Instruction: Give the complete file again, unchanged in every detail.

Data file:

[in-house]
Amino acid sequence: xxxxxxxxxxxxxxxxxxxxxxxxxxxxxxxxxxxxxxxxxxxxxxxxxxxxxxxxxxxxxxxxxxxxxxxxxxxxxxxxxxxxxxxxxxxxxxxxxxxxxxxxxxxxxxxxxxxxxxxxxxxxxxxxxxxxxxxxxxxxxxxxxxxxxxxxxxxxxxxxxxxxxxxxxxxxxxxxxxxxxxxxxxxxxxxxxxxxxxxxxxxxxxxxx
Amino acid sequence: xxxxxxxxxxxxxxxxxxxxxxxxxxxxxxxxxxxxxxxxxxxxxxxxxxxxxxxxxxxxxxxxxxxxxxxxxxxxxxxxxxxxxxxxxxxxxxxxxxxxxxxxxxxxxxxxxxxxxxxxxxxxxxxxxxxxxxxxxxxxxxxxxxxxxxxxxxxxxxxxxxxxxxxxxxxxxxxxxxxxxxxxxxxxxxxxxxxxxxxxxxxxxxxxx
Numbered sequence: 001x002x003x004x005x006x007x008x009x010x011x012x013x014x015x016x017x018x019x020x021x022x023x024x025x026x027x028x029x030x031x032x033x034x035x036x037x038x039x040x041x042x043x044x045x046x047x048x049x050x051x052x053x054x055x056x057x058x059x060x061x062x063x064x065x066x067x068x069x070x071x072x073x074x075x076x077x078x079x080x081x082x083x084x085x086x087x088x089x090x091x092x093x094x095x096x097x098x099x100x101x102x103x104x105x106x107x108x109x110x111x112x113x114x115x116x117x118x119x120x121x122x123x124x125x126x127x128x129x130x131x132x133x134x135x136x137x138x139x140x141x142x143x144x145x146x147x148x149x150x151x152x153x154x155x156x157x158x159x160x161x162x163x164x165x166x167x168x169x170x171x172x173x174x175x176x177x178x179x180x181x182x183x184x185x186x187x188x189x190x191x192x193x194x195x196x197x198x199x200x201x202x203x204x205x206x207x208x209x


[in-house]
Amino acid sequence: xxxxxxxxxxxxxxxxxxxxxxxxxxxxxxxxxxxxxxxxxxxxxxxxxxxxxxxxxxxxxxxxxxxxxxxxxxxxxxxxxxxxxxxxxxxxxxxxxxxxxxxxxxxxxxxxxxxxxxxxxxxxxxxxxxxxxxxxxxxxxxxxxxxxxxxxxxxxxxxxxxxxxxxxxxxxxxxxxxxxxxxxxxxxxxxxxxxxxxxxxxxxxxxxx
Amino acid sequence: xxxxxxxxxxxxxxxxxxxxxxxxxxxxxxxxxxxxxxxxxxxxxxxxxxxxxxxxxxxxxxxxxxxxxxxxxxxxxxxxxxxxxxxxxxxxxxxxxxxxxxxxxxxxxxxxxxxxxxxxxxxxxxxxxxxxxxxxxxxxxxxxxxxxxxxxxxxxxxxxxxxxxxxxxxxxxxxxxxxxxxxxxxxxxxxxxxxxxxxxxxxxxxxxx
Numbered sequence: 001x002x003x004x005x006x007x008x009x010x011x012x013x014x015x016x017x018x019x020x021x022x023x024x025x026x027x028x029x030x031x032x033x034x035x036x037x038x039x040x041x042x043x044x045x046x047x048x049x050x051x052x053x054x055x056x057x058x059x060x061x062x063x064x065x066x067x068x069x070x071x072x073x074x075x076x077x078x079x080x081x082x083x084x085x086x087x088x089x090x091x092x093x094x095x096x097x098x099x100x101x102x103x104x105x106x107x108x109x110x111x112x113x114x115x116x117x118x119x120x121x122x123x124x125x126x127x128x129x130x131x132x133x134x135x136x137x138x139x140x141x142x143x144x145x146x147x148x149x150x151x152x153x154x155x156x157x158x159x160x161x162x163x164x165x166x167x168x169x170x171x172x173x174x175x176x177x178x179x180x181x182x183x184x185x186x187x188x189x190x191x192x193x194x195x196x197x198x199x200x201x202x203x204x205x206x207x208x209x